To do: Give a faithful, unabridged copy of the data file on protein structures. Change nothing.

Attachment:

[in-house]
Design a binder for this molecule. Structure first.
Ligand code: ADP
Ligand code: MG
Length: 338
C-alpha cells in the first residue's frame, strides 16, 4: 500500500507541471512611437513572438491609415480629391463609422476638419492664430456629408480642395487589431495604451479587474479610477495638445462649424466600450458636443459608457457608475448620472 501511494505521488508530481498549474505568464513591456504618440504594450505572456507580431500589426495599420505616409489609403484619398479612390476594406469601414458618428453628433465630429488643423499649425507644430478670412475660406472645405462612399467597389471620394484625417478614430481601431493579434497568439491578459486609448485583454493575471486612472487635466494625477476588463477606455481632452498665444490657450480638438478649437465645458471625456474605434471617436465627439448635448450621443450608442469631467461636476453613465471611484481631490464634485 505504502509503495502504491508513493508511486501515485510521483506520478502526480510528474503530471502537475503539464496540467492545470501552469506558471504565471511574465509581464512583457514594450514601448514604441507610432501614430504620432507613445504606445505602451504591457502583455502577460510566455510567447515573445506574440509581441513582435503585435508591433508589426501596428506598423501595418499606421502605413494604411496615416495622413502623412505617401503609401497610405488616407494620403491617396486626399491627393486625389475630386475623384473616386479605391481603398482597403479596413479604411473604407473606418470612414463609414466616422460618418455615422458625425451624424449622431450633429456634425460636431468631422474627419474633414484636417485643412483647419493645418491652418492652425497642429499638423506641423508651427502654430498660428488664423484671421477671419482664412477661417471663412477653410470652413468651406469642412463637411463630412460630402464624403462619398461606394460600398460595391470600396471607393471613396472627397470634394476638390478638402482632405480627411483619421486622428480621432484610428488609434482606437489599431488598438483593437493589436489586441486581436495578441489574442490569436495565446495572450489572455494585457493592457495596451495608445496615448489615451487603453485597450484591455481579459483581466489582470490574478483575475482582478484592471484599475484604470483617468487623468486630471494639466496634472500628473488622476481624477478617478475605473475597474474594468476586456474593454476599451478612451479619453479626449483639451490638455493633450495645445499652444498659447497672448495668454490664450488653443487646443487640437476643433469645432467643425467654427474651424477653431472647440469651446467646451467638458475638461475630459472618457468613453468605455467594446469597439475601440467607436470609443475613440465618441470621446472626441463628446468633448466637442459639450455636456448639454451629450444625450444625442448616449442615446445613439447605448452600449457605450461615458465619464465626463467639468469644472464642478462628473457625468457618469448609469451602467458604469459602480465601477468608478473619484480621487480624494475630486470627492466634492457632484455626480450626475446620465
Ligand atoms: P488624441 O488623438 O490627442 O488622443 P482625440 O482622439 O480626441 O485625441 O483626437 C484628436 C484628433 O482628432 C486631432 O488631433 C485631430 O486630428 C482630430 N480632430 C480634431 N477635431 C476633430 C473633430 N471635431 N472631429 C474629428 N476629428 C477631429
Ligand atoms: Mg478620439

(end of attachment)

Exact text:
[in-house]
Design a binder for this molecule. Structure first.
Ligand code: ADP
Ligand code: MG
Length: 338
C-alpha cells in the first residue's frame, strides 16, 4: 500500500507541471512611437513572438491609415480629391463609422476638419492664430456629408480642395487589431495604451479587474479610477495638445462649424466600450458636443459608457457608475448620472 501511494505521488508530481498549474505568464513591456504618440504594450505572456507580431500589426495599420505616409489609403484619398479612390476594406469601414458618428453628433465630429488643423499649425507644430478670412475660406472645405462612399467597389471620394484625417478614430481601431493579434497568439491578459486609448485583454493575471486612472487635466494625477476588463477606455481632452498665444490657450480638438478649437465645458471625456474605434471617436465627439448635448450621443450608442469631467461636476453613465471611484481631490464634485 505504502509503495502504491508513493508511486501515485510521483506520478502526480510528474503530471502537475503539464496540467492545470501552469506558471504565471511574465509581464512583457514594450514601448514604441507610432501614430504620432507613445504606445505602451504591457502583455502577460510566455510567447515573445506574440509581441513582435503585435508591433508589426501596428506598423501595418499606421502605413494604411496615416495622413502623412505617401503609401497610405488616407494620403491617396486626399491627393486625389475630386475623384473616386479605391481603398482597403479596413479604411473604407473606418470612414463609414466616422460618418455615422458625425451624424449622431450633429456634425460636431468631422474627419474633414484636417485643412483647419493645418491652418492652425497642429499638423506641423508651427502654430498660428488664423484671421477671419482664412477661417471663412477653410470652413468651406469642412463637411463630412460630402464624403462619398461606394460600398460595391470600396471607393471613396472627397470634394476638390478638402482632405480627411483619421486622428480621432484610428488609434482606437489599431488598438483593437493589436489586441486581436495578441489574442490569436495565446495572450489572455494585457493592457495596451495608445496615448489615451487603453485597450484591455481579459483581466489582470490574478483575475482582478484592471484599475484604470483617468487623468486630471494639466496634472500628473488622476481624477478617478475605473475597474474594468476586456474593454476599451478612451479619453479626449483639451490638455493633450495645445499652444498659447497672448495668454490664450488653443487646443487640437476643433469645432467643425467654427474651424477653431472647440469651446467646451467638458475638461475630459472618457468613453468605455467594446469597439475601440467607436470609443475613440465618441470621446472626441463628446468633448466637442459639450455636456448639454451629450444625450444625442448616449442615446445613439447605448452600449457605450461615458465619464465626463467639468469644472464642478462628473457625468457618469448609469451602467458604469459602480465601477468608478473619484480621487480624494475630486470627492466634492457632484455626480450626475446620465
Ligand atoms: P488624441 O488623438 O490627442 O488622443 P482625440 O482622439 O480626441 O485625441 O483626437 C484628436 C484628433 O482628432 C486631432 O488631433 C485631430 O486630428 C482630430 N480632430 C480634431 N477635431 C476633430 C473633430 N471635431 N472631429 C474629428 N476629428 C477631429
Ligand atoms: Mg478620439